Crystal shortens infrared waves

August 27/September 3, 2003

Light is more or less useful at different wavelengths.

Researchers from Sandia National Laboratories have found a way to make a tungsten photonic crystal emit 1.5 micron lightwaves, which are in the near-infrared, or heat range. This makes it useful for thermal photovoltaic devices, which turn heat into electricity.

The device absorbs a broad range of infrared wavelengths and converts many of them to the 1.5 micron wavelength useful for photovoltaic devices.

It should also be possible to make the metal emit at the 0.5 micron wavelength needed to use it as a light source, according to the researchers.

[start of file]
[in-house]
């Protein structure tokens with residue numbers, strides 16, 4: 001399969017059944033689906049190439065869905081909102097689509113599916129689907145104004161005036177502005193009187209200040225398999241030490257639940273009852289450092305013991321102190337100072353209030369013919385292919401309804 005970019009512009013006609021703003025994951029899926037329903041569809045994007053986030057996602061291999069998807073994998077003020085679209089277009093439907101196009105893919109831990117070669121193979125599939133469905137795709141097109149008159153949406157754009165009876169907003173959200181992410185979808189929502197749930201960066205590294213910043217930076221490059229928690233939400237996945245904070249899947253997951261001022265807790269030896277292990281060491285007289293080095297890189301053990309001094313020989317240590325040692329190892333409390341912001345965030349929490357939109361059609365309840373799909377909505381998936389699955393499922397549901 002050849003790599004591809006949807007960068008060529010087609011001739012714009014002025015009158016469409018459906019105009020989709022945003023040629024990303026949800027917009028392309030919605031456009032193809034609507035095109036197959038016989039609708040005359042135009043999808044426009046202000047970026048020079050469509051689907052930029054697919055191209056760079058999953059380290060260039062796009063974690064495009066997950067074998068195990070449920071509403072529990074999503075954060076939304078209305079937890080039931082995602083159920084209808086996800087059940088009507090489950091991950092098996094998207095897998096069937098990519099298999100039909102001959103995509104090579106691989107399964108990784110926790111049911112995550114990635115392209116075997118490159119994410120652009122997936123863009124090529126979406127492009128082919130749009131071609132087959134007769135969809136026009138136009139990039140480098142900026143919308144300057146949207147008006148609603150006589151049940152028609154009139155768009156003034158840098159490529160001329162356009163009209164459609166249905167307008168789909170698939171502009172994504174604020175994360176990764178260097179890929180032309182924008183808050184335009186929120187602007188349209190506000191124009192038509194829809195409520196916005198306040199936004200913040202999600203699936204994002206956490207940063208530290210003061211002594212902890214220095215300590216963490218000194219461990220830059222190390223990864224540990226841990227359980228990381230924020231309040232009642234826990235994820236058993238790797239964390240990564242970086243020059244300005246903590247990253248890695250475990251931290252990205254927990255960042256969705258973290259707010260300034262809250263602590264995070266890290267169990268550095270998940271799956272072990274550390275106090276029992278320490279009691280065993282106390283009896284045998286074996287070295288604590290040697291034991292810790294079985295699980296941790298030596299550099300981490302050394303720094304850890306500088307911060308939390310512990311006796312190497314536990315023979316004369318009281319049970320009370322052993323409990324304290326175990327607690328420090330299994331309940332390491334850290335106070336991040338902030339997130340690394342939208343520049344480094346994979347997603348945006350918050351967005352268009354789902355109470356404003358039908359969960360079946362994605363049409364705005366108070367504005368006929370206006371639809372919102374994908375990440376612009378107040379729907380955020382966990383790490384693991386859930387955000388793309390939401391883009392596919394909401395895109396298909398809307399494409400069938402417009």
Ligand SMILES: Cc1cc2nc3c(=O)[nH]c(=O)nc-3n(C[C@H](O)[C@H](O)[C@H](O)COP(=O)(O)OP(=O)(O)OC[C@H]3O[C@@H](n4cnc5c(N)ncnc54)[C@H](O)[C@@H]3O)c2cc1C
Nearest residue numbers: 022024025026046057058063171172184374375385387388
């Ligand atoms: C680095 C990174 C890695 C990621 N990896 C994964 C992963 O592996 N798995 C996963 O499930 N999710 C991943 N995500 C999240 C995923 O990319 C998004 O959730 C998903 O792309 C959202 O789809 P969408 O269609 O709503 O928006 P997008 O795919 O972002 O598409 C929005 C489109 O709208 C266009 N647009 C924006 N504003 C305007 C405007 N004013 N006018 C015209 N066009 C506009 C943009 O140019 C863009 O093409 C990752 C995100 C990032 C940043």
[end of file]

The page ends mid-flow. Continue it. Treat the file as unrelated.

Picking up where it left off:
Photonic crystals are porous structures made by stacking rods or boring a series of holes into a solid. The researchers' crystal is made from rods of tungsten that measure one half micron in diameter, or about 150 times thinner than a human hair. The structure converts longer wavelengths to shorter ones.

Photovoltaic devices made from the crystal could convert as much as 34 percent of the light energy they take in into electricity, according to the researchers.

The method could be used in electric motors in two to five years, and for lighting in five to ten years, according to a Sandia spokesperson. The work appeared in the July 14, 2003 issue of Applied Physics Letters.

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